The tensor product basis indexed by bi-folders, or rectangles in the data base is used to expand the full data base . The geometry is iterated until we can no longer reduce the entropy of the tensor-Haar expansion of the data base.

A basic analytical observation on Haar like Basis functions is that a natural Entropy condition such as ∑ | aR |< 1 on the coefficients of an expansion does not only enable sparse representations but also implies smoothness as well as accuracy of representation , in a dimensionally independent estimate with number of terms < 1 / ε χ (x) observe that | h (x) |≤ R and R 1/2 R χ (x) R 1/2 ∫ f − ∑ a R hR (x) dx = ∫ ∑ a R hR (x) dx < ∫ ∑ | a | 1/2 dx < ε ∑a , R>ε R≤ε R≤ε R R R ( β = 0) ∫ f − |R| >ε∑,|a |>ε a h (x) dx < ε 1/2 Moreover R R R The entropy condition for standard wavelet basis in d dimensions corresponds to having d/2 derivatives in the (special atom) Hardy space

Given a tree of subsets we can define a natural distance ρ (x,y) as the size of the smalles folder (node) containining the two points , we say that a function is Holder of order β if β β |f(x)-f(y)|< cρ (x,y) (or its variance on any folder F

Observe that in reality there is no need to build a Haar system it suffices to consider the matingale differences and the corresponding Besov spaces ie. let E l be the conditional expectation on the partition at level l and Δ l = El+1 − El , clearly we have f=∑ (El+1 − El ) f + E0 f , the entropy condition is the equivalent to ∫ ∑ l | Δ ( f ) 2 l/2 |

References [1] R.Coifman ,M Gavish Geometric Analysis of Databases and Matrices Applied and Computational Harmonic Analysis 2012. [2] R. Coifman and G. Weiss, Analyse Harmonique Noncommutative sur Certains Espaces Homogenes, Springer-Verlag, 1971.} [3] R. Coifman ,G. Weiss, Extensions of Hardy spaces and their use in analysis. Bul. Of the A.M.S., 83, #4, 1977, 569-645. [4] Belkin, M., & Niyogi, P. (2001). Laplacian eigenmaps and spectral techniques for embedding and clustering. Advances in Neural Information Processing Systems 14 (NIPS 2001) (p. 585). [5]Belkin, M., & Niyogi, P. (2003a). Laplacian eigenmaps for dimensionality reduction and data repre- sentation. Neural Computation, 6, 1373{1396. [6]Coifman, R. R., Lafon, S., Lee, A., Maggioni, M.,Nadler, B., Warner, F., & Zucker, S. (2005a) . Geometric diffusions as a tool for harmonic analysis and structure defnition of data. part i: Diffusion maps.Proc. of Nat. Acad. Sci., 7426{7431. [7] Coifman R.R.,S Lafon, Diffusion maps, Applied and Computational Harmonic Analysis, 21: 5-30, 2006. [8] Coifman R.R., B.Nadler, S Lafon, I G Kevrekidis, Diffusion maps, spectral clustering and reaction coordinates of dynamical systems, Applied and Computational Harmonic Analysis, 21:113-127, 2006. [9] Ronald R Coifman1, Mauro Maggioni1, Steven W Zucker1 and Ioannis G Kevrekidis “Geometric diffusions for the analysis of data from sensor networks” Current Opinion in Neurobiology 2005, 15:576–584 [10] R Coifman W. Leeb Earth Mover's Distance and Equivalent Metrics for Hierarchical Partition Trees, Yale CS technical report July 2013.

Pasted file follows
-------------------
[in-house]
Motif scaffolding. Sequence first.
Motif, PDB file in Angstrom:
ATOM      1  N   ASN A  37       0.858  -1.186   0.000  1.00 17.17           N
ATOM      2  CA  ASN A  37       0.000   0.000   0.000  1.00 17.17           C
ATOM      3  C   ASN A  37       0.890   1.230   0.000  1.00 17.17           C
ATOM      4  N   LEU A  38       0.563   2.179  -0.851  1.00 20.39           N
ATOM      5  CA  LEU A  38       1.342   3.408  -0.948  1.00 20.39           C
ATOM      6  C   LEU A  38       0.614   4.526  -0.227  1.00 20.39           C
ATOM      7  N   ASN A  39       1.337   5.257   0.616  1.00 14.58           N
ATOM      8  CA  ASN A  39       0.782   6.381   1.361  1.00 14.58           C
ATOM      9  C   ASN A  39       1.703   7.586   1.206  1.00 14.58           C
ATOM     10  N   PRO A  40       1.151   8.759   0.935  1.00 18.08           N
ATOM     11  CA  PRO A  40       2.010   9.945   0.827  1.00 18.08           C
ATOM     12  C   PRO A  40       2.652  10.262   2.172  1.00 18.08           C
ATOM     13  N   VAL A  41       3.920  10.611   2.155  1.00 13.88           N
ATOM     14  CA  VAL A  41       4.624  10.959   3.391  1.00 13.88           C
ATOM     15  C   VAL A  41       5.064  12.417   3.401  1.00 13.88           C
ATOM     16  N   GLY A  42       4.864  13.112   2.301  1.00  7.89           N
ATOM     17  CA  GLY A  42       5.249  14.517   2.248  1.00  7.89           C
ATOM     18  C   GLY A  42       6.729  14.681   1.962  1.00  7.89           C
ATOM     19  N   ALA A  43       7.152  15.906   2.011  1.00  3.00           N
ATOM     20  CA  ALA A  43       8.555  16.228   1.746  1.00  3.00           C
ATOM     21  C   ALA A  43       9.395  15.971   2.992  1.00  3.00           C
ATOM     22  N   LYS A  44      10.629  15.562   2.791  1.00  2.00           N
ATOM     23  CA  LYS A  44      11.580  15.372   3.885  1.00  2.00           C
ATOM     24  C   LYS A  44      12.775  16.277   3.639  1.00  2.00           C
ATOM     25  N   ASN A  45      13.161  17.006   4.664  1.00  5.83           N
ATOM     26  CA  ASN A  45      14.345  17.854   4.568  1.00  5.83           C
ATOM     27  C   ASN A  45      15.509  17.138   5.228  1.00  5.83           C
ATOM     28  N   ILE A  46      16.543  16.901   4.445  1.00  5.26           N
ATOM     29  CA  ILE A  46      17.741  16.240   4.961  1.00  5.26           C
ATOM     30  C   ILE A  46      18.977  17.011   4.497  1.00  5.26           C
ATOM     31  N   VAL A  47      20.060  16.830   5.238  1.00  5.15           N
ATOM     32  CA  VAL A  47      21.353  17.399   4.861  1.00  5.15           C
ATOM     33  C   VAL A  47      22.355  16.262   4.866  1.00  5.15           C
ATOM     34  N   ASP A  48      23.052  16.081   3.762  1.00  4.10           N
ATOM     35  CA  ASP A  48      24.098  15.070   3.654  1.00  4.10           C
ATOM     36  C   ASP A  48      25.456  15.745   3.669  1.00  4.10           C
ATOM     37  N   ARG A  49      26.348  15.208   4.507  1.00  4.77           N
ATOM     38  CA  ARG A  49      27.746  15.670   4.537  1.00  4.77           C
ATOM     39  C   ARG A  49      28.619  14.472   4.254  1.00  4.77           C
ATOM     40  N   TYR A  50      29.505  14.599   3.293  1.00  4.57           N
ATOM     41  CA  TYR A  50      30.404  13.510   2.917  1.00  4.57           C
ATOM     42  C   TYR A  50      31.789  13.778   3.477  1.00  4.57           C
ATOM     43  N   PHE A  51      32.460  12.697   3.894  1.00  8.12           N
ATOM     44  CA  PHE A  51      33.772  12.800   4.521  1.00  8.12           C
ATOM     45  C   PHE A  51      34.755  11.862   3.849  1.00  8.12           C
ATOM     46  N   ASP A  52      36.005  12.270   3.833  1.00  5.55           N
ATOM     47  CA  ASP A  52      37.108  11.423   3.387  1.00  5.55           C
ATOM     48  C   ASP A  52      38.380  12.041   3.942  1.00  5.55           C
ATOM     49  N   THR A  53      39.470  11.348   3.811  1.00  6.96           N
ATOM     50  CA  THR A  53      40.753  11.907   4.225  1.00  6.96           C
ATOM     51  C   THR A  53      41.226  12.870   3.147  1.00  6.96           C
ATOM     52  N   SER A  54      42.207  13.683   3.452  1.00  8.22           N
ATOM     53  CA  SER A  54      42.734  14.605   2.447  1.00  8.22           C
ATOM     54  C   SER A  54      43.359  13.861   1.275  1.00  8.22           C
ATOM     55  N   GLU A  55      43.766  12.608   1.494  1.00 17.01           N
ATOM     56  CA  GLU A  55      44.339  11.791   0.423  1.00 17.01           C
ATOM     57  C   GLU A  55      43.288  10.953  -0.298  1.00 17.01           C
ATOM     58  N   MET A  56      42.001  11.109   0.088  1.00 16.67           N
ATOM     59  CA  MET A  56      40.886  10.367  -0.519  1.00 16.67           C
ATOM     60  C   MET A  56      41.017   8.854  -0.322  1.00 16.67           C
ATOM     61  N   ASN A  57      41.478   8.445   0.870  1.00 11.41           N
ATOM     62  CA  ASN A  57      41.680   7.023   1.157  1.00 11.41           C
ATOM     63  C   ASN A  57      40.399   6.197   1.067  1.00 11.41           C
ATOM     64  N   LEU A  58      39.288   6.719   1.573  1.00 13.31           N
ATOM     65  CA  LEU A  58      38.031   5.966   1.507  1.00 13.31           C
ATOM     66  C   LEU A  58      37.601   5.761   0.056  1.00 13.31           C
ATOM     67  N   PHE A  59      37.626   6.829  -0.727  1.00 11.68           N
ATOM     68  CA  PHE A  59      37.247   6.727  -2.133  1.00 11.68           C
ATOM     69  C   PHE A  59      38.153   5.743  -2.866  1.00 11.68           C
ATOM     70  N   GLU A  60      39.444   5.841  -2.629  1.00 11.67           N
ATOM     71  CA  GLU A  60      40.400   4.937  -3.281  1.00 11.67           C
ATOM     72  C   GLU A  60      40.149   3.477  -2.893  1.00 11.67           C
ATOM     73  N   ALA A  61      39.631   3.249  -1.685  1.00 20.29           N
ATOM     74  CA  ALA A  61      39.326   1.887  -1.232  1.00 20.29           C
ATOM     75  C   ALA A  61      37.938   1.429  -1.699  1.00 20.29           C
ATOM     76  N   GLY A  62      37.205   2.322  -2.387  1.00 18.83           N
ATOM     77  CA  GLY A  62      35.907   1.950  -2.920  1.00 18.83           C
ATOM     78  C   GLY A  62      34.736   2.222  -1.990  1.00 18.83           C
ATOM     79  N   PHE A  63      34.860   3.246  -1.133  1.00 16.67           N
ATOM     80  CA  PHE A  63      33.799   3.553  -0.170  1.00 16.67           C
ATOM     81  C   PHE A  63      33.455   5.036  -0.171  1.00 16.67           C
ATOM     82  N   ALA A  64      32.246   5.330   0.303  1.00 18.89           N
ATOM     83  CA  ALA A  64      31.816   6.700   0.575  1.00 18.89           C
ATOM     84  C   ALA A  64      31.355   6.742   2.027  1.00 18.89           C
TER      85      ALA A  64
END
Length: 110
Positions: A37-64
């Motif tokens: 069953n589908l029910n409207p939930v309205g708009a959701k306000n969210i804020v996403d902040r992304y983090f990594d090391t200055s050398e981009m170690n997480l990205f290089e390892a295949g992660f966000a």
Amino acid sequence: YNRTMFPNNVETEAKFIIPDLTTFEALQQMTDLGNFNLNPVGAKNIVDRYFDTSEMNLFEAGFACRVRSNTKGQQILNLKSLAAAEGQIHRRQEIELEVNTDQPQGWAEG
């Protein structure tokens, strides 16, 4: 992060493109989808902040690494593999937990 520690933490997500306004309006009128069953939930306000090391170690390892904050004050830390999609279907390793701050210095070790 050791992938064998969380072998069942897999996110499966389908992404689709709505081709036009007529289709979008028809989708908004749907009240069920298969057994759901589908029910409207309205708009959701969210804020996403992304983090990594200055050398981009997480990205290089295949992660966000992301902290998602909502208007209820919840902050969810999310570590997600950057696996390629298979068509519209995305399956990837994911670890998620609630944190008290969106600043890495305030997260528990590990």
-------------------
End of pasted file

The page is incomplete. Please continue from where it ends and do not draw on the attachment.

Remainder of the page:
You can also read